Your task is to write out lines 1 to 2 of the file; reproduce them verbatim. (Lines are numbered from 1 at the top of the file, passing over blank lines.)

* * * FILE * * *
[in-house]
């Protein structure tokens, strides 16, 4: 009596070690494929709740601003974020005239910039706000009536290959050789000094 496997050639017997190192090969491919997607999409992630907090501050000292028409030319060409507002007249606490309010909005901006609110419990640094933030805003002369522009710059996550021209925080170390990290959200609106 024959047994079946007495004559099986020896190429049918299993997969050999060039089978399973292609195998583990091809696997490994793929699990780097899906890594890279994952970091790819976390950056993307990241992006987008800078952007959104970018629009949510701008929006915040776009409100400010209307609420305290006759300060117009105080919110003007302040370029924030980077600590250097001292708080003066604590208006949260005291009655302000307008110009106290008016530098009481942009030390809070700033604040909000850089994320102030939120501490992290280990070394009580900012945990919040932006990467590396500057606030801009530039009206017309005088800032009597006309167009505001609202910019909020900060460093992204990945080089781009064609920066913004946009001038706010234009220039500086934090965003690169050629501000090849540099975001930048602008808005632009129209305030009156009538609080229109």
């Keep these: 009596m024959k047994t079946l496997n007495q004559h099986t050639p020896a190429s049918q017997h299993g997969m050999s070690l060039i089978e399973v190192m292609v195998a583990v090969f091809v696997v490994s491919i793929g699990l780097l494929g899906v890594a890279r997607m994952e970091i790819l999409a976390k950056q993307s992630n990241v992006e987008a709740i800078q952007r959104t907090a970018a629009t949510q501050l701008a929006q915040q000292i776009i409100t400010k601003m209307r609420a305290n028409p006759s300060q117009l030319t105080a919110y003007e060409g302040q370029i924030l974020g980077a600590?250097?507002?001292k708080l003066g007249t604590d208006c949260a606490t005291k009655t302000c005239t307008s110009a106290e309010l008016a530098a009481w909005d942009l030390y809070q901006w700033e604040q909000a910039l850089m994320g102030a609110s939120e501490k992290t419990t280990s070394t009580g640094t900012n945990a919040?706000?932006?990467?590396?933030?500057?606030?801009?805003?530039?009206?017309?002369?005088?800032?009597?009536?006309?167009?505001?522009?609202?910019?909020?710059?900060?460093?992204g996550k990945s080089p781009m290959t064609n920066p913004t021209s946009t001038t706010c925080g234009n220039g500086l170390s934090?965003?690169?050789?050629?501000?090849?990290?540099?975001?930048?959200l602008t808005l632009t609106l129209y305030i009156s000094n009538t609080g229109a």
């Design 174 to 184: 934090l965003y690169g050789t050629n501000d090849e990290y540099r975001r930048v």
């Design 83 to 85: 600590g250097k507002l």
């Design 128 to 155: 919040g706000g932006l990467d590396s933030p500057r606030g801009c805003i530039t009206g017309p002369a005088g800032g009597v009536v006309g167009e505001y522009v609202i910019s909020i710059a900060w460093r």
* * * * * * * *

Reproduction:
[in-house]
């Protein structure tokens, strides 16, 4: 009596070690494929709740601003974020005239910039706000009536290959050789000094 496997050639017997190192090969491919997607999409992630907090501050000292028409030319060409507002007249606490309010909005901006609110419990640094933030805003002369522009710059996550021209925080170390990290959200609106 024959047994079946007495004559099986020896190429049918299993997969050999060039089978399973292609195998583990091809696997490994793929699990780097899906890594890279994952970091790819976390950056993307990241992006987008800078952007959104970018629009949510701008929006915040776009409100400010209307609420305290006759300060117009105080919110003007302040370029924030980077600590250097001292708080003066604590208006949260005291009655302000307008110009106290008016530098009481942009030390809070700033604040909000850089994320102030939120501490992290280990070394009580900012945990919040932006990467590396500057606030801009530039009206017309005088800032009597006309167009505001609202910019909020900060460093992204990945080089781009064609920066913004946009001038706010234009220039500086934090965003690169050629501000090849540099975001930048602008808005632009129209305030009156009538609080229109």